2023 - Research.com Plant Science and Agronomy in United States Leader Award
2015 - Fellow of the Ecological Society of America (ESA)
2005 - Fellow of the American Association for the Advancement of Science (AAAS)
His primary areas of investigation include Ecology, Botany, Photosynthesis, Agronomy and Ecosystem. His Botany research focuses on subjects like Gene, which are linked to Molecular biology. The Photosynthesis study combines topics in areas such as Chlorophyll, Epidermis and Drought tolerance.
His Agronomy study combines topics in areas such as Biofuel and Miscanthus. His Miscanthus research is multidisciplinary, relying on both Agroforestry and Panicum virgatum. The concepts of his Primary production study are interwoven with issues in Forest ecology, Carbon dioxide and Nitrogen cycle.
His scientific interests lie mostly in Botany, Agronomy, Photosynthesis, Ecology and Bioenergy. His Botany study incorporates themes from Carbon dioxide and Horticulture. His Carbon dioxide research is multidisciplinary, incorporating perspectives in Animal science and Respiration.
His Agronomy research is multidisciplinary, incorporating elements of Panicum virgatum, Soil carbon and Miscanthus. His biological study spans a wide range of topics, including Chlorophyll, Shoot and Acclimatization. His Bioenergy research includes themes of Agroforestry, DayCent and Greenhouse gas.
His primary areas of study are Agronomy, Bioenergy, Greenhouse gas, Agriculture and Climate change. His work in Agronomy tackles topics such as Eddy covariance which are related to areas like Chlorophyll fluorescence. Evan H. DeLucia combines subjects such as Perennial plant, Agroforestry, Soil carbon, Flooding and Nitrogen cycle with his study of Bioenergy.
The various areas that Evan H. DeLucia examines in his Greenhouse gas study include Conservation Reserve Program, Soil water, Energy crop and Temperate climate. The study incorporates disciplines such as Natural resource economics, Global climate, Environmental protection and Ecosystem services in addition to Agriculture. Evan H. DeLucia focuses mostly in the field of Crop yield, narrowing it down to matters related to Biomass and, in some cases, Photosynthesis.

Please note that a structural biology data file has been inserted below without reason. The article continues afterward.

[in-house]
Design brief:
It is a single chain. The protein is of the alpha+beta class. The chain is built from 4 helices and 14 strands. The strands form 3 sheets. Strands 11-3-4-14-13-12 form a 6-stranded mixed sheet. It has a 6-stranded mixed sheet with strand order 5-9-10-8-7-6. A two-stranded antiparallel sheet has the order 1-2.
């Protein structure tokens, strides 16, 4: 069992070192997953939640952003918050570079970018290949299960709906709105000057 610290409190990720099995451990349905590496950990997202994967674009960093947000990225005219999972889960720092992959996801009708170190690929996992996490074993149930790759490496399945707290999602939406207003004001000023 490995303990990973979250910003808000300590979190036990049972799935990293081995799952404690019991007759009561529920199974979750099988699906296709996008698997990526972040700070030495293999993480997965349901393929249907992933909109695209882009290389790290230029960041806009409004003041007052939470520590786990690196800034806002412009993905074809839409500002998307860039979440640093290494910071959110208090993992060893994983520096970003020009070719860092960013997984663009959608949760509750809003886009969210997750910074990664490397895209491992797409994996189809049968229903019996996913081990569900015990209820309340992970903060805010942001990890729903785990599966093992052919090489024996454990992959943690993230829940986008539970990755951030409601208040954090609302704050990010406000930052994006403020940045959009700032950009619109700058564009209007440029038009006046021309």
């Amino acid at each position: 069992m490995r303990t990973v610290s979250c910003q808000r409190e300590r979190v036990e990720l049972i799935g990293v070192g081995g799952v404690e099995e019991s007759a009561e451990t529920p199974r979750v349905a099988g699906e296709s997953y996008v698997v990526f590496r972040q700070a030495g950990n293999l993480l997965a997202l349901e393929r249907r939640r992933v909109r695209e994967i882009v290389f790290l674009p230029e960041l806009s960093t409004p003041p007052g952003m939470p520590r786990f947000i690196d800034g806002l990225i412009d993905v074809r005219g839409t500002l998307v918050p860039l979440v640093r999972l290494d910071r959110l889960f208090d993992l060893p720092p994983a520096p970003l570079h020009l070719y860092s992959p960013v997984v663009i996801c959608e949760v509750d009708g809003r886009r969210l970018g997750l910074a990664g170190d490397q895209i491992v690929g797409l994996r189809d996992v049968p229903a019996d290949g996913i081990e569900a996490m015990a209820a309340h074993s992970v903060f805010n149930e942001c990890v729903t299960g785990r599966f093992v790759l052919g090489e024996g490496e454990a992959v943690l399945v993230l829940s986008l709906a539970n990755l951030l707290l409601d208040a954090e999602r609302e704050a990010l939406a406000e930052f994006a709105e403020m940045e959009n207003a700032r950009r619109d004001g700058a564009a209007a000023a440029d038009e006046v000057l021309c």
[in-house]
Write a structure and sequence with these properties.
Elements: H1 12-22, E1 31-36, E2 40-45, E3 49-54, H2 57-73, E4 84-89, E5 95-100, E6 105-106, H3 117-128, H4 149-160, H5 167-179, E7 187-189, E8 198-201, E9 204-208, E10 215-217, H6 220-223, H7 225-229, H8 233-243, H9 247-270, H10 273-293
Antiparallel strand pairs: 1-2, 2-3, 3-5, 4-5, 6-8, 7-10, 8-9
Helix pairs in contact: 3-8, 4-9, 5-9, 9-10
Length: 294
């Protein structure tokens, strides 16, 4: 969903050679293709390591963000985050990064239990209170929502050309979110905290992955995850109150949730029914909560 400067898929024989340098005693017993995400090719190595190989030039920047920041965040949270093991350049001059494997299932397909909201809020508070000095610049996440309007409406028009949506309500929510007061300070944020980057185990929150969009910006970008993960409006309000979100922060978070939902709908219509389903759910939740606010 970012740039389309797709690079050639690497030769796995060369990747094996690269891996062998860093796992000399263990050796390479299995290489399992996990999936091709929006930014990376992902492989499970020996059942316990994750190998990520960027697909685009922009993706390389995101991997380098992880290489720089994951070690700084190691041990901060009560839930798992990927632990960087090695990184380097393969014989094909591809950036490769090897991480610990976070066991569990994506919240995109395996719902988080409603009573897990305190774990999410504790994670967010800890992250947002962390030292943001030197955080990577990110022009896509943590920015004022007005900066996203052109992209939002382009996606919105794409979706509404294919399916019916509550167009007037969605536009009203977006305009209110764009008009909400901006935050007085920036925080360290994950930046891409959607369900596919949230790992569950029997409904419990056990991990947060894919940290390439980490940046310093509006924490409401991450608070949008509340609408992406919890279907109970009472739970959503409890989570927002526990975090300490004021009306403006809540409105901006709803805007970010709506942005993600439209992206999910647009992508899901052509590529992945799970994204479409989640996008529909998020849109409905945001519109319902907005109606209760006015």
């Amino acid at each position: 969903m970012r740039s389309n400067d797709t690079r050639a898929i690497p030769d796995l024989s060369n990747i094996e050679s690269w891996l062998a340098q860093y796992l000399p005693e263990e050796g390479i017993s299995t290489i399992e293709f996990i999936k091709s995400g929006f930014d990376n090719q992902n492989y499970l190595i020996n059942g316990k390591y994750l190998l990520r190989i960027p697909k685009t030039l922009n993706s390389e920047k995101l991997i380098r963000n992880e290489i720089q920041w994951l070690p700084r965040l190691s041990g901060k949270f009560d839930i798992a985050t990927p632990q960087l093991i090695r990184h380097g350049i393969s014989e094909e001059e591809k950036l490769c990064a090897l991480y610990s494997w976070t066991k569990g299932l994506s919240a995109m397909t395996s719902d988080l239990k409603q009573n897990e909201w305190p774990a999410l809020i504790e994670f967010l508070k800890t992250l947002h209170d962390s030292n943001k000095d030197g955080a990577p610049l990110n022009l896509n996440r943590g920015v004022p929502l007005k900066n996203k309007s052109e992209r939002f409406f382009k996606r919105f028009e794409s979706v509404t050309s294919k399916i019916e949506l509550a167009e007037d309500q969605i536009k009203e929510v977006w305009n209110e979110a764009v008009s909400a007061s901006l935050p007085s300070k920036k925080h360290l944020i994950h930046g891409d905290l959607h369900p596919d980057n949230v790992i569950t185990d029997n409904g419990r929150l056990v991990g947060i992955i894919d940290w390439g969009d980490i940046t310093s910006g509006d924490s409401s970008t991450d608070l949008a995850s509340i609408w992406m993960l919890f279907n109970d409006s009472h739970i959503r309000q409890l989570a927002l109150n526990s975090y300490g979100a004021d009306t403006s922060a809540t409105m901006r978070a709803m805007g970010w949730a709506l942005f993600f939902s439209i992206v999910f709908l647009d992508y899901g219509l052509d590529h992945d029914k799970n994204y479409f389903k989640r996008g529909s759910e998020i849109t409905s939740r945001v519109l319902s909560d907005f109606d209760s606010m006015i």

His primary scientific interests are in Agronomy, Greenhouse gas, Climate change, Agriculture and Crop. His work deals with themes such as Subtropics, Soil water and Row crop, which intersect with Agronomy. His Greenhouse gas research includes elements of Agroforestry, Temperate climate, Land use, land-use change and forestry and Drainage.
His work carried out in the field of Climate change brings together such families of science as Soil fertility, Scale, Environmental protection, Biogeochemical cycle and Ponding. His Agriculture research incorporates elements of Environmental monitoring and Ecosystem services. His Ecosystem study is associated with Ecology.
This overview was generated by a machine learning system which analysed the scientist’s body of work. If you have any feedback, you can contact us here.
Forest response to elevated CO2 is conserved across a broad range of productivity.
Richard J. Norby;Evan H. DeLucia;Birgit Gielen;Carlo Calfapietra.
Proceedings of the National Academy of Sciences of the United States of America (2005)
Net primary production of a forest ecosystem with experimental CO2 enrichment
Evan H. DeLucia;Jason G. Hamilton;Shawna L. Naidu;Richard B. Thomas.
The carbon–nutrient balance hypothesis: its rise and fall
J.G. Hamilton;A.R. Zangerl;E.H. DeLucia;M.R. Berenbaum.
Ecology Letters (2001)
Biotic stress globally downregulates photosynthesis genes.
Damla D. Bilgin;Jorge A. Zavala;Jin Zhu;Steven J. Clough;Steven J. Clough.
Plant Cell and Environment (2010)
Changes in soil organic carbon under biofuel crops.
Kristina J. Anderson-Teixeira;Sarah C. Davis;Michael D. Masters;Evan H. Delucia.
Gcb Bioenergy (2009)
Photosynthetic inhibition after long-term exposure to elevated levels of atmospheric carbon dioxide.
Evan H. Delucia;Thomas W. Sasek;Boyd R. Strain.
Photosynthesis Research (1985)
Primary productivity of planet earth: biological determinants and physical constraints in terrestrial and aquatic habitats
Richard J. Geider;Evan H. Delucia;Paul G. Falkowski;Adrien C. Finzi.
Global Change Biology (2001)
Leaf Form and Photosynthesis
William K. Smith;Thomas C. Vogelmann;Evan H. DeLucia;David T. Bell.
Increases in the flux of carbon belowground stimulate nitrogen uptake and sustain the long‐term enhancement of forest productivity under elevated CO2
John E. Drake;Anne Gallet-Budynek;Anne Gallet-Budynek;Kirsten S. Hofmockel;Emily S. Bernhardt.
Ecology Letters (2011)
Forest carbon use efficiency: is respiration a constant fraction of gross primary production?
Evan H. DeLUCIA;John E. Drake;Richard B. Thomas;Miquel Gonzalez-Meler.
Global Change Biology (2007)
If you think any of the details on this page are incorrect, let us know.
We appreciate your kind effort to assist us to improve this page, it would be helpful providing us with as much detail as possible in the text box below: